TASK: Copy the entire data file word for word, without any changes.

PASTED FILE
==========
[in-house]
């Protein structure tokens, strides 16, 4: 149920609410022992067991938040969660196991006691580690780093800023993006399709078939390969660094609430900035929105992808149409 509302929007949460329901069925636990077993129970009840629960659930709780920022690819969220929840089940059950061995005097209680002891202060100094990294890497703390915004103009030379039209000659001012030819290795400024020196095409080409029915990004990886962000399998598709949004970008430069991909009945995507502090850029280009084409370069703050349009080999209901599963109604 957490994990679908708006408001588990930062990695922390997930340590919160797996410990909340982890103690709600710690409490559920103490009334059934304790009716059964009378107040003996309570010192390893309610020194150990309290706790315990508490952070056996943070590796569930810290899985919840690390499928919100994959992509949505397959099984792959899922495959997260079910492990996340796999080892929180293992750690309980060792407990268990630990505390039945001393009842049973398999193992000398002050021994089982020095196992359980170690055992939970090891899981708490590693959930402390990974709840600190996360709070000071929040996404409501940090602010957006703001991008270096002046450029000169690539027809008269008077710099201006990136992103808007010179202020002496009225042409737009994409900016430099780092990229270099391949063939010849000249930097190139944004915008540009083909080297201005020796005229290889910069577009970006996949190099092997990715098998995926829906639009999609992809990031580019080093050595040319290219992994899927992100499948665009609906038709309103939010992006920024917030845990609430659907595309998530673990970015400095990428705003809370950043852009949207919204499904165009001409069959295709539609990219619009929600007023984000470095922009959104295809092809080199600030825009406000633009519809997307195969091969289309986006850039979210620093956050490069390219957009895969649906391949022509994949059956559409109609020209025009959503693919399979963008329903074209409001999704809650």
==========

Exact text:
[in-house]
């Protein structure tokens, strides 16, 4: 149920609410022992067991938040969660196991006691580690780093800023993006399709078939390969660094609430900035929105992808149409 509302929007949460329901069925636990077993129970009840629960659930709780920022690819969220929840089940059950061995005097209680002891202060100094990294890497703390915004103009030379039209000659001012030819290795400024020196095409080409029915990004990886962000399998598709949004970008430069991909009945995507502090850029280009084409370069703050349009080999209901599963109604 957490994990679908708006408001588990930062990695922390997930340590919160797996410990909340982890103690709600710690409490559920103490009334059934304790009716059964009378107040003996309570010192390893309610020194150990309290706790315990508490952070056996943070590796569930810290899985919840690390499928919100994959992509949505397959099984792959899922495959997260079910492990996340796999080892929180293992750690309980060792407990268990630990505390039945001393009842049973398999193992000398002050021994089982020095196992359980170690055992939970090891899981708490590693959930402390990974709840600190996360709070000071929040996404409501940090602010957006703001991008270096002046450029000169690539027809008269008077710099201006990136992103808007010179202020002496009225042409737009994409900016430099780092990229270099391949063939010849000249930097190139944004915008540009083909080297201005020796005229290889910069577009970006996949190099092997990715098998995926829906639009999609992809990031580019080093050595040319290219992994899927992100499948665009609906038709309103939010992006920024917030845990609430659907595309998530673990970015400095990428705003809370950043852009949207919204499904165009001409069959295709539609990219619009929600007023984000470095922009959104295809092809080199600030825009406000633009519809997307195969091969289309986006850039979210620093956050490069390219957009895969649906391949022509994949059956559409109609020209025009959503693919399979963008329903074209409001999704809650």